Ethereum custodian Fireblocks implicated in disappearance of FTX user funds

Ethereum custodian Fireblocks implicated in disappearance of FTX user funds

What Crypto Investors Should Know About Unregulated Custodians

Failing in finance is nothing new. But banking has progressed with improved practices for a couple of hundred years, and failing to account for the progress just to remake past mistakes on a blockchain is sometimes negligent and sometimes downright criminal. When finance goes awry, it’s commonplace to blame the banks, and in crypto, things have gone about as wrong as they can.

Crypto boasts one of history’s most spectacular collapses in FTX and Alameda Research, which may have costed users as much as $8 billion in personal losses. It’s about time we hold the unregulated crypto custodians involved accountable.

Awful practices have plagued banks since their beginning. Improper account management, comingling of funds, and other custodian failures were once an unpleasant but unavoidable fact of life. They triggered multiple financial crises from the end of the 1800s to the Great Depression. The breakdown of the demarcation between banking and securities was even one of the main drivers of the 2008 financial crisis.

Despite these historical failures, there is a massive trust in banking institutions today, which is historically unheard of. This stems from banks adopting better practices and having government-imposed rules and regulations, ranging from federally insured deposited funds, banks verifying the source of funds, anti-money laundering procedures, due diligence, keeping segregated accounts, and more.

Crypto repeats traditional finance’s past mistakes and often operates as unregulated entities managing billions of dollars in global user funds. Though these companies don’t have a legal obligation yet to protect their customers with best practices, they certainly have a moral obligation and should be held to a higher standard.

When money moves illegally, what does that say about the recipient?

Media widely reported that FTX and Alameda moved $400 million in user funds during the company’s collapse, allegedly to protect it from hackers. While there are disputes about the sequence of events and whether the funds were moved improperly, the fact is that a simple look at the timeline shows something deeply troubling.

Sam Bankman-Fried (SBF), the fallen founder-hero of FTX, and Gary Wang, the Chief Technology Officer, weren’t in charge of FTX at the time, and everyone in crypto was well aware. Still, according to FTX’s bankruptcy filing, SBF initiated the transfer.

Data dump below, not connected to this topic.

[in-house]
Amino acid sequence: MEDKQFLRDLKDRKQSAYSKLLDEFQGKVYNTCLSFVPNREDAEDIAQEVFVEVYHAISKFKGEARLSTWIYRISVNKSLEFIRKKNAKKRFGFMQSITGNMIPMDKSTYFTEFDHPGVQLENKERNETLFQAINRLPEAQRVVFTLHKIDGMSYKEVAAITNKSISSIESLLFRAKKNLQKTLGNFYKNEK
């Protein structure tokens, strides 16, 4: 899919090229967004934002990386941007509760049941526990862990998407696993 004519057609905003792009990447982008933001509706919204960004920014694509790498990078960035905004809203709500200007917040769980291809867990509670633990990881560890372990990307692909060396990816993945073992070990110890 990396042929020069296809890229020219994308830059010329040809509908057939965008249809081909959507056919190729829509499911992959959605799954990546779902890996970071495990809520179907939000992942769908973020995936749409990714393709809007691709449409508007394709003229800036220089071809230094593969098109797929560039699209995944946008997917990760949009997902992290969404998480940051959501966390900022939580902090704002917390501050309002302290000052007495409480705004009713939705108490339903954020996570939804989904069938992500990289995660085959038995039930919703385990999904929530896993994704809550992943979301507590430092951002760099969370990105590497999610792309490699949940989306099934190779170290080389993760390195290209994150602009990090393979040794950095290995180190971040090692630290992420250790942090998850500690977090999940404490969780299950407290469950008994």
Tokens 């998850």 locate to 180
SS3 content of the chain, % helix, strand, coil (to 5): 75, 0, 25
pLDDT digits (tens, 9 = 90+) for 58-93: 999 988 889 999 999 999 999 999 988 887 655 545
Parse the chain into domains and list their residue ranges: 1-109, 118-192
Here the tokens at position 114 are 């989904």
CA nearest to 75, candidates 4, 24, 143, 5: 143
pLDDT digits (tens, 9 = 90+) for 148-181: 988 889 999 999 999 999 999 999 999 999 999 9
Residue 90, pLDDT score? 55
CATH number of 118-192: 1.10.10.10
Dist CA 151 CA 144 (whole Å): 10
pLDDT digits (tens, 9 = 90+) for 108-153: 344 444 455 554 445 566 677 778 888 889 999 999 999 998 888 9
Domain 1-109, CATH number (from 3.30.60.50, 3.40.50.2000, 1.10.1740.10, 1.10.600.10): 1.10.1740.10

How could unauthorized ex-employees move hundreds of millions in customer funds? It’s another clear-cut example of the absence of reasonable controls in the internal processes at FTX and their custodial partners.

On the other side of the transaction was Fireblocks, a well-funded but unregulated crypto custodian that raised $550 million Series E at an $8 billion valuation at the end of 2021.

In the traditional finance world, the Bank Secrecy Act, which obligates financial institutions to assist in detecting money laundering, would have prevented FTX from moving the funds. Any regulated institution would demand information on the source of funds, the identity of senders and their business, and the identity of receivers of this money.

Fireblocks is unregulated, so it is unclear how deeply implicated they are in illegally moving funds. Regardless, failing to regulate custody providers properly may have cost FTX creditors hundreds of millions of dollars.

Crypto companies consistently demand “regulatory clarity.” This phrase is crypto code for want of a legal carte blanche to do what crypto does. As far as financial services are concerned, regulatory clarity already exists. Banks, funds, trading companies, fintech companies, and insurance companies abide by these, and it works well.

The jury is still out on the long-term viability or utility of crypto and DeFi, but if it is going to stand a chance to succeed, it needs to live up standards of reliability the public has come to expect from traditional finance. Custodians must act as fiduciaries, be transparent about their relationship with exchanges and market makers, keep client funds segregated, and maintain the highest level of security – in short, have tight controls like traditional banks.

Critics might argue that this stifles innovation and will strangle the crypto industry at the choke points.

Tell that to the victims. Imagine the FDA allowing a new food technology to sweep the market while making tens of thousands of people sick. Could the manufacturer credibly argue their technology doesn’t have regulatory clarity?

Unregulated custodians are a substantial liability to the broad adoption of crypto. Just like banking regulation was key to unleashing a flourishing western financial system, so will regulated crypto custodians be essential. Basic crypto infrastructure must be safe, trustworthy, and reliable. And until it is, investors, especially retail, will pay the price for poor security, messy operations, and a failure to regulate.

About the author: Currently heading social at European Energy, Daniel Azaria is a communications expert that has worked with dozens of tech companies, including in blockchain, AI, Medtech, AdTech, FinTech, and more. He holds a B.A. in Business Administration, M.A. in Political Science and Political Communications, and has worked for several leading regulated FX and CFD trading companies.

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